THE EU: this sort of thing is what should be at the centre of every campaign for a New Europe


Hurrah for Frances Coppola, who has once again today told me something I didn’t know:

‘The issuer of the Euro is, of course, the ECB. It decides how much money each of the member states can have. This is not unique to Greece: money creation in all the member states is limited by the ECB. So we have supposedly sovereign states allowing their money supply to be determined by an unelected supranational body that is above the law and accountable to nobody… No other currency union central bank on earth does this.’

To be sung to the refrain of The British Grenadier.

Some talk of Geli Merkel/ and some of Dijesslbleom/of Wolfie Schäuble’s wheelchair/and some of Juncker’s plume/ but of all the world’s dictators/there’s one we can foresee/ he’s the Goldman mole with a debt Black Hole/it’s Mario Draghi.

I think Frances should lead the chorus on this one.

Goodnight Greeks. Tomorrow, vote OXI early and often.

;-)) x

25 thoughts on “THE EU: this sort of thing is what should be at the centre of every campaign for a New Europe

  1. Could someone please explain if the United States’ operates differently towards its members?
    Is the monetary relationship between Greece and the Eurozone different than that of the Fed’ and say, Michigan or Louisiana with their economic problems?
    Not saying it should or shouldn’t be. Just asking.


  2. We find the same situation in Greece that we saw in Scotland. The vote is divided by generation. The youth hate the Troika and wants to leave Europe for they see no future. The elderly listen to radio all day long and will vote YES to preserve their pensions. The youth are forced to leave or are living with their parents. There is no middle ground. This is a generational battle exactly as we saw in Scotland. The elderly will screw the future of the youth – socialism at its best.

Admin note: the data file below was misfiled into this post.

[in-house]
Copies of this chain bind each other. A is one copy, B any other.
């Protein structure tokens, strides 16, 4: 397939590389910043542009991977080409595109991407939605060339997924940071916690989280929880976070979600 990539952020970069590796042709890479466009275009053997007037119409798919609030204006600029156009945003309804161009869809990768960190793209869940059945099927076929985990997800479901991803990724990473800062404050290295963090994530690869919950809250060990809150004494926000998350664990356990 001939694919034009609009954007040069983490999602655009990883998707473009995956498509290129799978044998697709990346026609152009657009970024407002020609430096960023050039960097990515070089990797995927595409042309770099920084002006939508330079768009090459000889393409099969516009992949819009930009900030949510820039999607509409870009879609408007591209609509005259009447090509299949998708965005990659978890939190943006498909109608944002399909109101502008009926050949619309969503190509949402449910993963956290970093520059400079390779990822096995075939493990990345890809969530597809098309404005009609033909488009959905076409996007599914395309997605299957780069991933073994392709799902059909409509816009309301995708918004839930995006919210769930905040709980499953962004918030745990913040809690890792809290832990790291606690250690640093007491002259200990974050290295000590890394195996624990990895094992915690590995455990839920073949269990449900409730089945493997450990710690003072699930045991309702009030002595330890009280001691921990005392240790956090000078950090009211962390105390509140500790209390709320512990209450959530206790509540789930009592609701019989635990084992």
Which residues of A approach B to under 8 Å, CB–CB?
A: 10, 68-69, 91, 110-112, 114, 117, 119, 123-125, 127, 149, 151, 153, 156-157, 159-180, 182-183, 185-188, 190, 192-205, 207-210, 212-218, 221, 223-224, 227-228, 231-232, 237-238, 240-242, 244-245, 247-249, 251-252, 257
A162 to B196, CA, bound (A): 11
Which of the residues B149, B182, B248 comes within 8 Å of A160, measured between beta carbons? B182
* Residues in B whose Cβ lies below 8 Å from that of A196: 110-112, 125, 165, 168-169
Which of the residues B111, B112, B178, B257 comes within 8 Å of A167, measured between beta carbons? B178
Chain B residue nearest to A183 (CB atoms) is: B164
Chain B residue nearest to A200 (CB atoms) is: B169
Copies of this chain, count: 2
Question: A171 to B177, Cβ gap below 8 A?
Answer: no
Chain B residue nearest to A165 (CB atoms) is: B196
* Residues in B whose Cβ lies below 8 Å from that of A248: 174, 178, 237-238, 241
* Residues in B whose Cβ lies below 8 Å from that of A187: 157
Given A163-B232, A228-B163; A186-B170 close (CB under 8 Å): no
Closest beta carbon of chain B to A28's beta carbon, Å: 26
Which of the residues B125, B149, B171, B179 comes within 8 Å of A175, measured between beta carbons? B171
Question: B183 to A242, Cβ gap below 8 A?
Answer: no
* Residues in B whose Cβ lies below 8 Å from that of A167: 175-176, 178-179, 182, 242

3. Well this gets into how money is created and it isn’t by central banks “issuing” money. Most money is bank deposits. Of course it goes from your account to another account and then another so how is it created? It is created when a bank makes a loan. The bank doesn’t actually use money it has sitting around to make a loan. It simply says “look”, there is $10,000 in your checking account. and so money is created.


  4. Spot on prof.
    The youngsters are being screwed, they have no future, they are the LOST GENERATION.
    No-one gives a damn either.
    Am I right or am I wrong?


  5. Divorce,Student debt, Internships, Housing, Jobs, Immigration…..
    That means come out of college, one parent family, owing £30,000, cannot get apprenticeship or job, cannot borrow more money to start business, cannot get married, cannot save deposit for mortgage, cannot get mortgage, can only compete with tidal wave of foreign workers from eastern europe and runaway cowards from the rest of the world. Anybody who says what I think is branded rascist, politically incorrect etc. Needs saying again and again. No fear.
    Imagine if our forefathers had run away to Spain from Hitler. Pathetic.
    How long will the wiser of our elders ( distinct minority) allow this destruction of OUR country?
    Where’s the Prime Minister dickhead on this?


  6. Illegal immigration is THEFT.
    HELPING THEMSELVES to OUR way of life in OUR country.
    Am I right or am I wrong?


  7. It’s the same setup, with the main difference being that the states of the U.S. are not nation states but federal states. If memory serves, California issued scrip when it ran out of money a few years ago.


  8. Our money system is called fractional reserve banking (FRB) and it is global: a fraction of “high powered money” (which in FRB systemically mimics gold reserves) is held in ‘reserve’ to act as a kind of security for the creation of ‘bank money’.